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Nitrianske Pravno Calvary is national monument

THE LIST of National Cultural Monuments in Slovakia was enhanced by one item in 2014: the calvary in Nitrianske pravno.

The church and some of the chapels of the Nitrianske Pravno Calvary.(Source: TASR)

THE LIST of National Cultural Monuments in Slovakia was enhanced by one item in 2014: the calvary in Nitrianske pravno.

It was built in in 1934 and 1937 in the neo-Gothic style on the hillock called Galgensberg, overlooking the former separate municipality of Solka in two phases. The interesting fact is that it consists of 27 brick buildings: two churches (in the beginning and in the end), 14 traditional stops of the Way of the Cross, or Via Dolorosa, and 11 more chapels.

“Nitrianske Pravno, at that time a small town called Deutsch Proben, was inhabited almost exclusively by Carpathian Germans,” local parson Pavel Michalovič told the TASR newswire.

“The initiator and founder of the calvary was a local native, canon of the Banská Bystrica chapter, Anton Richter. The stimulus for the building of the calvary was a worship commemoration and paying tribute to the 100th anniversary of a tragic fire from 1827 in which a big part of the town burnt to ashes,” he said. The preparations took several years, and Richter ordered the Munich-based company Franz Mayer to construct the calvary and also to arrange for paintings with Way of the Cross scenes. Banská Bystrica sculp-tor Karol Horn did the reliefs from Carrara marble.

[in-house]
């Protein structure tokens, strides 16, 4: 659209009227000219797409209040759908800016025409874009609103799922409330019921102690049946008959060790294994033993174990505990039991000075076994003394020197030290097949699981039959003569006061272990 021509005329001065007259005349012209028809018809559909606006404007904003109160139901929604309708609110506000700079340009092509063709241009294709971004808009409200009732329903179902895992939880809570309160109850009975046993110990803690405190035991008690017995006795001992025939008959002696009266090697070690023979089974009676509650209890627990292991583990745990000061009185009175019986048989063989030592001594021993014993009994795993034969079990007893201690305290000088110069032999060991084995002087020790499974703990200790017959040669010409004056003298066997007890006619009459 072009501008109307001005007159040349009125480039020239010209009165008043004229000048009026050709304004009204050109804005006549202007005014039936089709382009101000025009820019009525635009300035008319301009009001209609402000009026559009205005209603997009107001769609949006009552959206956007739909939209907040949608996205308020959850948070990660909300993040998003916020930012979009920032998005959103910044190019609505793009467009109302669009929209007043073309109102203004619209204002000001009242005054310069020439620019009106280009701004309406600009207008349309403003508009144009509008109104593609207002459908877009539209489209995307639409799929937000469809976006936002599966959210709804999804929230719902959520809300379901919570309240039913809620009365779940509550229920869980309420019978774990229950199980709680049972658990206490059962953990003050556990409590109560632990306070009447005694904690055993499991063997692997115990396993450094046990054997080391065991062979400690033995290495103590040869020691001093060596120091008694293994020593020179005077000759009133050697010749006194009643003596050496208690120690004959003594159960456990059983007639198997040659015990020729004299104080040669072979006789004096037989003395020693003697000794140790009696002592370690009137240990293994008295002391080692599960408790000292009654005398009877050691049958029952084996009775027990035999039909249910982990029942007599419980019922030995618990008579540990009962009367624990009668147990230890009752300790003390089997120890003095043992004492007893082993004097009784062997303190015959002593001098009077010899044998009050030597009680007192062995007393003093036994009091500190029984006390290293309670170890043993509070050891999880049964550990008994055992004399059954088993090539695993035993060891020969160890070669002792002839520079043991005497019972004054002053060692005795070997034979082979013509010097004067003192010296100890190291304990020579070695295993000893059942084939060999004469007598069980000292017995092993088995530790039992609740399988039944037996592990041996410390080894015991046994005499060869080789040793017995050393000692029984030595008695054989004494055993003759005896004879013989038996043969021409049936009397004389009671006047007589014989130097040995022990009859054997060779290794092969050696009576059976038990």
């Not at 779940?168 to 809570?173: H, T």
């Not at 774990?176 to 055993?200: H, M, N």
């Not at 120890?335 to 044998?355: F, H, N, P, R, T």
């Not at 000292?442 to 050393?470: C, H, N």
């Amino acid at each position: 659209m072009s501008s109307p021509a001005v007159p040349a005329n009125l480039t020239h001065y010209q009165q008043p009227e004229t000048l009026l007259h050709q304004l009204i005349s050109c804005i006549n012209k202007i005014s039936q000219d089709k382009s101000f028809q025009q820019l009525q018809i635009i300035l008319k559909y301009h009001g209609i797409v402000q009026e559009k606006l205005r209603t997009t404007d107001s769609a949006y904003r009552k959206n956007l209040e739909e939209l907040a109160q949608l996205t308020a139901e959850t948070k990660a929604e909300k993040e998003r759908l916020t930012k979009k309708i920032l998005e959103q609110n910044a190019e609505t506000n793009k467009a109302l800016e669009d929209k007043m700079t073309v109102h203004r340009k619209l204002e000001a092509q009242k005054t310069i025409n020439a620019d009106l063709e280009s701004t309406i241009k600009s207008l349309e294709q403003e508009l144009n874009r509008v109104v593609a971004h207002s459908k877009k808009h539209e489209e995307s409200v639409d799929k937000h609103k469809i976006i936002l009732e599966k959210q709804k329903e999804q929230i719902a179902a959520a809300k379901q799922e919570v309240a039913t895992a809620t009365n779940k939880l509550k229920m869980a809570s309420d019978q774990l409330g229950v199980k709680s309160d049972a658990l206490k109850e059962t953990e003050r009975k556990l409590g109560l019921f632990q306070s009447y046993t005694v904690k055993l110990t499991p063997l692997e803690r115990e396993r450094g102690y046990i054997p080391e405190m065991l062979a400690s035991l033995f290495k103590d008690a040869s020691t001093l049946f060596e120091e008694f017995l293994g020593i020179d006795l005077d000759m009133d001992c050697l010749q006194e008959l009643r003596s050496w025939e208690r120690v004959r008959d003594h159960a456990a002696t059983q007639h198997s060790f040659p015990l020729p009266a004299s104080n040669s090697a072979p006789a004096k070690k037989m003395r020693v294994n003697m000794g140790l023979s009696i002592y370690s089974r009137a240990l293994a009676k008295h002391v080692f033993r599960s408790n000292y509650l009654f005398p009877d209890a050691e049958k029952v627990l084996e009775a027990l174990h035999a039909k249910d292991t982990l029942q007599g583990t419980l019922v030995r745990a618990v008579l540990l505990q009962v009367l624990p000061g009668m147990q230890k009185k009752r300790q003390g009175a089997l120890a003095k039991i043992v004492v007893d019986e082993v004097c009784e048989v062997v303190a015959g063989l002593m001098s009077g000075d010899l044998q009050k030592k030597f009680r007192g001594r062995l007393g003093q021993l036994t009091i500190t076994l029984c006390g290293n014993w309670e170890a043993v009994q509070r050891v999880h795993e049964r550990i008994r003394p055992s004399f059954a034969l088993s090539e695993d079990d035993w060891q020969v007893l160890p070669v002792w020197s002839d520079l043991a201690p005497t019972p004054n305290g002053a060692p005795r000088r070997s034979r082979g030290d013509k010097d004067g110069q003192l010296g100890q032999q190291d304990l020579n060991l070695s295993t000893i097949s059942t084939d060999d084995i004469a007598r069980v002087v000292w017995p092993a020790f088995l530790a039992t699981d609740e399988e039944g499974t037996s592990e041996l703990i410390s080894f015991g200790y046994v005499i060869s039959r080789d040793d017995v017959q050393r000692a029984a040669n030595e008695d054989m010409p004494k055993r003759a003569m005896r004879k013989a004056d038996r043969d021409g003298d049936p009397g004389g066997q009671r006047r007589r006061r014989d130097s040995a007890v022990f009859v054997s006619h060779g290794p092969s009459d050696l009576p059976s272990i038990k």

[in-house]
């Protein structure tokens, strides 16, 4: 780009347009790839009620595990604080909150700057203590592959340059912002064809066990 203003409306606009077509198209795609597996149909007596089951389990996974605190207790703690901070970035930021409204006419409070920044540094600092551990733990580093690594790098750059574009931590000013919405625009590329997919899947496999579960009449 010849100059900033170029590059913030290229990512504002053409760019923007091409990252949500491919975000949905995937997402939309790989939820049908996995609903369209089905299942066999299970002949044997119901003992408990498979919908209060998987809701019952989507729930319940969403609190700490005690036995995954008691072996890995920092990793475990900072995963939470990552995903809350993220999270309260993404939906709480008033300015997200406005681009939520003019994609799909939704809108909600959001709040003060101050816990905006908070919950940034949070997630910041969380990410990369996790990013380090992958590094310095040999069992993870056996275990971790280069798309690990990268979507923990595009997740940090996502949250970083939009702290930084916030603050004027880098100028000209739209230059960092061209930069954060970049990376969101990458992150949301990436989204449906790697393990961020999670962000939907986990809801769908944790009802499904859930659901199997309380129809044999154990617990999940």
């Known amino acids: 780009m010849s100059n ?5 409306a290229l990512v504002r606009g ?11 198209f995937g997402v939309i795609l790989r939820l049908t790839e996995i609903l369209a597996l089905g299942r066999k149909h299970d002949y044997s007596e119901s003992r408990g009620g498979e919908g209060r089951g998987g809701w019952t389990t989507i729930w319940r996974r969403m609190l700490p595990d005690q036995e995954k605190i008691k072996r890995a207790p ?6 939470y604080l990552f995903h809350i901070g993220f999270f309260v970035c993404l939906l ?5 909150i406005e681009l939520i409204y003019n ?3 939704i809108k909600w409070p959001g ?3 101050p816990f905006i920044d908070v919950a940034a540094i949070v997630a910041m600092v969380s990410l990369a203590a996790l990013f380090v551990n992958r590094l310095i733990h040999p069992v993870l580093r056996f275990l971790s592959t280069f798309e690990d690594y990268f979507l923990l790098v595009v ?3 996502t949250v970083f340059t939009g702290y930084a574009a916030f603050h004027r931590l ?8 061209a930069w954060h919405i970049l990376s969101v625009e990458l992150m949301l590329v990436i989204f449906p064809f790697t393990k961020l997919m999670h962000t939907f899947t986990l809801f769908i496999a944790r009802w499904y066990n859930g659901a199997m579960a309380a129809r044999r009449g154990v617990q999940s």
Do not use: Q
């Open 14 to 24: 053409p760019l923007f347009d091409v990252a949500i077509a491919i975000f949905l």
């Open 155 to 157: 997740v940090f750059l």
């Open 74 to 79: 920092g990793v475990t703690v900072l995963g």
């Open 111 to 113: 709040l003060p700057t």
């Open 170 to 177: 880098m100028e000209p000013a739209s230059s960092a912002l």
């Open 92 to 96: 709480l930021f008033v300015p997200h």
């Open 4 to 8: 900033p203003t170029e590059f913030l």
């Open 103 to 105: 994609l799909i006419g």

“Inhabitants started the construction enthusiastically,” Michalovič said. Thus, more scenes from the Passion were added to the traditional stops of Via Dolorosa – like nowhere else in Slovakia.

After World War II when a big part of the German citizens had to evacuate their homes, the calvary started to decay.

The first big reconstruction was in the 1990s, but after 20 years, the calvary needed to be repaired again. In 2013 they repaired the roofs, and this year, façades of all the buildings were reconstructed, with the expenses at €18,000. One third was paid by expats whose parents built the local calvary, and the rest was financed from a public collection.

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